You may have heard that they are. Take this headline, for example: “Young women earn more than young men”.
As it turns out, however, the headline is very misleading. You might have thought it meant that young women earn more than young men for the same work. Not true– they still earn less. Or you might have thought the claim was about average income for all young women. Again untrue– it’s actually a claim about young childless single women. As Broadsheet reports, what the study has done is to “isolate the segment where women have caught up with and exceeded men,” and that is young, single, childless women.” Broadsheet continues:
The study found three commonalities among nearly every city where young women clearly out-earn young men. First, there is “a heavy dependence on knowledge-based jobs, which in turn serves as a magnet for well-educated women.” Second, minorities make up the majority of the local population (the researchers note that “Hispanic and African-American women [are] almost twice as likely as their male peers to earn bachelor and graduate degrees”). And, finally, “the community has seen a decimation of the manufacturing employment base, making it more difficult for men without similarly high levels of education to earn solid incomes.”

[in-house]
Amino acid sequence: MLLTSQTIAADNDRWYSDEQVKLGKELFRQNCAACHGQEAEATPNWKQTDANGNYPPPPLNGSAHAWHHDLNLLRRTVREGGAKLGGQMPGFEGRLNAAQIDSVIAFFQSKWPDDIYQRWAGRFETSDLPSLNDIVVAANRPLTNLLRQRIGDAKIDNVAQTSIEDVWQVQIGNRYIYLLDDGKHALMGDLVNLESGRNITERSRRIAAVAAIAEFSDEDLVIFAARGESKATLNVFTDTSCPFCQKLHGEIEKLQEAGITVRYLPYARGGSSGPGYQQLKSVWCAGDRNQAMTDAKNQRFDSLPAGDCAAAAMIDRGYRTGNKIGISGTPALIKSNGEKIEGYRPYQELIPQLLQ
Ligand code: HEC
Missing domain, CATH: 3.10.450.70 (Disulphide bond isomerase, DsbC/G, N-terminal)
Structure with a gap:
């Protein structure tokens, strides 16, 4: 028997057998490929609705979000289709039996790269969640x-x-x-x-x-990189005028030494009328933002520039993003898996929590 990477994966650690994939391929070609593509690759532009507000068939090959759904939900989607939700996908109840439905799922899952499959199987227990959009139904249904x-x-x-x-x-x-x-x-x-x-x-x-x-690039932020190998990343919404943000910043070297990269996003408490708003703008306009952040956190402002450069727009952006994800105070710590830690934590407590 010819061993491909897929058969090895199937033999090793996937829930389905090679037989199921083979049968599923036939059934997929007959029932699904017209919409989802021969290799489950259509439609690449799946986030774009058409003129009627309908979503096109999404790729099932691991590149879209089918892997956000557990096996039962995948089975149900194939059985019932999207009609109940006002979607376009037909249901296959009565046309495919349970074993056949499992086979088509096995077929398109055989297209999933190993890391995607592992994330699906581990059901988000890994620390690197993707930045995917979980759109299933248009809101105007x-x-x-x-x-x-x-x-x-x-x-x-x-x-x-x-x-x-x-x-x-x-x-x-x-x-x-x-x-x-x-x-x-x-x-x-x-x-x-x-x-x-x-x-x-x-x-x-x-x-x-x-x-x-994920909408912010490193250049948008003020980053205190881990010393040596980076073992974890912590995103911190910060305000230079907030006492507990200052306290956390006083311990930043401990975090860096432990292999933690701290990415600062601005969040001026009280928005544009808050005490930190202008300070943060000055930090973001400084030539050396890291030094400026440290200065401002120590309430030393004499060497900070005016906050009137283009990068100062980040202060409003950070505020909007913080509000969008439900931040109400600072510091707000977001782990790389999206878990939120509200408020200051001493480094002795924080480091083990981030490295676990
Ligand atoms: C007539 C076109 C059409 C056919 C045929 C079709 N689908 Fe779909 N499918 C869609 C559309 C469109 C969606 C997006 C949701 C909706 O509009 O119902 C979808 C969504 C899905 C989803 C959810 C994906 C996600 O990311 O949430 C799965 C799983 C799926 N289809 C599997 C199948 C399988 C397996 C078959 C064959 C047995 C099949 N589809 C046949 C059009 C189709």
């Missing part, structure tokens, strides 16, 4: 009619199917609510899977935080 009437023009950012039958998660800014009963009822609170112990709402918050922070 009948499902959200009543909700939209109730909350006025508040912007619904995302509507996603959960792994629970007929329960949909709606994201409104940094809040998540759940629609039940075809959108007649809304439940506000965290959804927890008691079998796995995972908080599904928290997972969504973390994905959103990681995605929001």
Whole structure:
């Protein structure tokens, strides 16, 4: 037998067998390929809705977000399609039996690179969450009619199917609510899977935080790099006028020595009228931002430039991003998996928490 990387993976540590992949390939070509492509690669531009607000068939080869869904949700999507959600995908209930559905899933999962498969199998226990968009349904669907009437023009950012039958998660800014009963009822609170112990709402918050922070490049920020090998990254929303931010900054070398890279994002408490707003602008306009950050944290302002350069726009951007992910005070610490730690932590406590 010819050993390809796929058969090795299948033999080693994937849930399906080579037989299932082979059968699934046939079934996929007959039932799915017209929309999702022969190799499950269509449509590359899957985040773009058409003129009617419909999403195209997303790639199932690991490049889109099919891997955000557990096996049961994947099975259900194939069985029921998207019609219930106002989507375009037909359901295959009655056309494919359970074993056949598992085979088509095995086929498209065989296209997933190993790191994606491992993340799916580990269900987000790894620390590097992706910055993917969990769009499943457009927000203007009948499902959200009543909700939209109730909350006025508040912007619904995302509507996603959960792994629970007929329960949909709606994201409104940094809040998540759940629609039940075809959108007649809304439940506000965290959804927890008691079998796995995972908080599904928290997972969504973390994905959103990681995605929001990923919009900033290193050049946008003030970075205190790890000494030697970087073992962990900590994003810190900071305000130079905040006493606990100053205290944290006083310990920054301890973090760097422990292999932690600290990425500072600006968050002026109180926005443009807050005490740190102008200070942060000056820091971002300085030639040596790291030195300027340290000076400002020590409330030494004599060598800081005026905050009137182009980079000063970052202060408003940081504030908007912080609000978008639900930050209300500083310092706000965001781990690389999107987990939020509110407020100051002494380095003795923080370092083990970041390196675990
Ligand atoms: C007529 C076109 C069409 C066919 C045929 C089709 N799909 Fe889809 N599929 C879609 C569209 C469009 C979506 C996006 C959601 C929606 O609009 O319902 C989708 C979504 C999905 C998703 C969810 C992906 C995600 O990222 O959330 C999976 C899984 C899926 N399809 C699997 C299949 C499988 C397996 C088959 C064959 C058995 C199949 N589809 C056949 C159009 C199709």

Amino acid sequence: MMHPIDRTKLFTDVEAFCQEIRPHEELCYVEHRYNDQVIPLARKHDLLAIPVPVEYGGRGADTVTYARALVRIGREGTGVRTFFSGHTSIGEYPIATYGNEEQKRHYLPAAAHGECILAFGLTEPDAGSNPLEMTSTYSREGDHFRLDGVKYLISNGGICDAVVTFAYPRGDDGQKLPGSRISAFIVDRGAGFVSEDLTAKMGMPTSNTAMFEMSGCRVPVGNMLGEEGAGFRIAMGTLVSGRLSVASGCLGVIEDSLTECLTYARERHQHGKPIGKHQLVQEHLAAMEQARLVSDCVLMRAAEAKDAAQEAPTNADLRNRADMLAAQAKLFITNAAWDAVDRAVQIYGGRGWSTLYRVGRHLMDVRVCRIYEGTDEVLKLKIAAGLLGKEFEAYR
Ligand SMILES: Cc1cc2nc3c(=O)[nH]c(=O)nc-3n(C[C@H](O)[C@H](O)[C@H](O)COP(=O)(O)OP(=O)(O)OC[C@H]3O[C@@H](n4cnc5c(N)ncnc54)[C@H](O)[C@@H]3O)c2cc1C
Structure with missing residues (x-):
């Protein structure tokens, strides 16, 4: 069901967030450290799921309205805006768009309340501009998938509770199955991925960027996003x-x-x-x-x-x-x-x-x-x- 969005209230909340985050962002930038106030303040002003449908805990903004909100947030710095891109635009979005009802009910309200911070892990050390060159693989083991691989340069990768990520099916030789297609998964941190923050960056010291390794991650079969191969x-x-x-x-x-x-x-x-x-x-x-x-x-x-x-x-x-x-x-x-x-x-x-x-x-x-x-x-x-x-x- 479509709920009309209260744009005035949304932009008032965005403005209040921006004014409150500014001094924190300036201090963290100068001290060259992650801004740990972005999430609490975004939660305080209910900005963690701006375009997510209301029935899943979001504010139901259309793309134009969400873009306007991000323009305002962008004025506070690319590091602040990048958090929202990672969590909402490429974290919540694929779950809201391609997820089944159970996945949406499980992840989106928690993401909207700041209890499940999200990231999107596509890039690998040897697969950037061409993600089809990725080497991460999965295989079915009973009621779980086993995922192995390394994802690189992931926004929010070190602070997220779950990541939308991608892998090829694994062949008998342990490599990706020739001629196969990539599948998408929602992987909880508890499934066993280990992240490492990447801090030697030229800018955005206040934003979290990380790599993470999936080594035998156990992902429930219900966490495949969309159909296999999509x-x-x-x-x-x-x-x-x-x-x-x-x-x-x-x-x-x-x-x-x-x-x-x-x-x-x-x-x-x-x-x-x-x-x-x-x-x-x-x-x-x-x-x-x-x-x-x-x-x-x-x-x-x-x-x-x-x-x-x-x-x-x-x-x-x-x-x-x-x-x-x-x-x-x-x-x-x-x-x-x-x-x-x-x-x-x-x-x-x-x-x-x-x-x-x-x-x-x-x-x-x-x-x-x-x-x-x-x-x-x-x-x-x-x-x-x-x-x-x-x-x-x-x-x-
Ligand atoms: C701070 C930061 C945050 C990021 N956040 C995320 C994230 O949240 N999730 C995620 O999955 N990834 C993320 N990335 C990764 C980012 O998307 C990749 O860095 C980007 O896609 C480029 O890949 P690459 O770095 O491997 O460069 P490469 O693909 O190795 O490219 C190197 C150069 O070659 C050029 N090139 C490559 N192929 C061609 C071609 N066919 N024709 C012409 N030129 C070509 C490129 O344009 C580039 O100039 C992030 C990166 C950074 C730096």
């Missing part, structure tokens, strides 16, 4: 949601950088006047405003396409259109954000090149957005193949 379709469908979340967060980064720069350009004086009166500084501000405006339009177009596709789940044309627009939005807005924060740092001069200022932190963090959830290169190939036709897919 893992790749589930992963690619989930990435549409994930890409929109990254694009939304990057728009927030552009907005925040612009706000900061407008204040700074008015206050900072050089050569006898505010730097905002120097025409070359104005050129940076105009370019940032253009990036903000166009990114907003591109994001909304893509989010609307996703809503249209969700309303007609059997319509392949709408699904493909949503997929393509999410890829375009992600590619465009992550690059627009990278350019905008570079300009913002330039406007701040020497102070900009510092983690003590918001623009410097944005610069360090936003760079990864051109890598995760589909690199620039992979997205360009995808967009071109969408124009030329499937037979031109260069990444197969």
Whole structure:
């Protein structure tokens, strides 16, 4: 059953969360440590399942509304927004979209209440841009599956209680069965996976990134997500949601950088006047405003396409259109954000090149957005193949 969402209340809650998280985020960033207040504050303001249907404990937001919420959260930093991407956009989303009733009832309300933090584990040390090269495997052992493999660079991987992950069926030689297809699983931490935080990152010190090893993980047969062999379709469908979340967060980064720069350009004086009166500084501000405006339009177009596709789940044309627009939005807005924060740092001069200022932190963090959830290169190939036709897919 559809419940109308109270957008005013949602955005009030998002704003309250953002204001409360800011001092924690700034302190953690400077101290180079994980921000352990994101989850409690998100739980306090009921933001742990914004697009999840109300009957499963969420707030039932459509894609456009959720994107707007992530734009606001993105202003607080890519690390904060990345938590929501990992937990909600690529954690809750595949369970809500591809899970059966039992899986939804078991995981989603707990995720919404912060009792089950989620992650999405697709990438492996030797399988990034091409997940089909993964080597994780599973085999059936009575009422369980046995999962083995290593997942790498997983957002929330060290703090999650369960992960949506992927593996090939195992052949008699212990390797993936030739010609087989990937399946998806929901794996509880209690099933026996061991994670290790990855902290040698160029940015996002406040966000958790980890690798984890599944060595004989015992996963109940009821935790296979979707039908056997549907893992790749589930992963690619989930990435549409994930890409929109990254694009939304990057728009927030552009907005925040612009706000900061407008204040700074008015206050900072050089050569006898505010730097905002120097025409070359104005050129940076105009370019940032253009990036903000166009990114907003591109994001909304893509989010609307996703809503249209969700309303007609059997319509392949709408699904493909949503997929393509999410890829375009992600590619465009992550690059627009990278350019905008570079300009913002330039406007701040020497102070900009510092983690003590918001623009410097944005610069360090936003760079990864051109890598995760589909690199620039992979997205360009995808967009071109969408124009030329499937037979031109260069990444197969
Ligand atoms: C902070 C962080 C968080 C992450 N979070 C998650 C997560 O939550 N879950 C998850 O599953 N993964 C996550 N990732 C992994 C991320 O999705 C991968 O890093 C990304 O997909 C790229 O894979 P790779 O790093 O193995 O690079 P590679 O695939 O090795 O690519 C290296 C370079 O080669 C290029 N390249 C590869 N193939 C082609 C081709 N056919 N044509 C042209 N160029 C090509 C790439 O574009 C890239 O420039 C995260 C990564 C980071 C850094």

The truth is complicated, as is so often the case. Sadly but unsurprisingly, it’s not actually time for US feminists to declare victory and go home.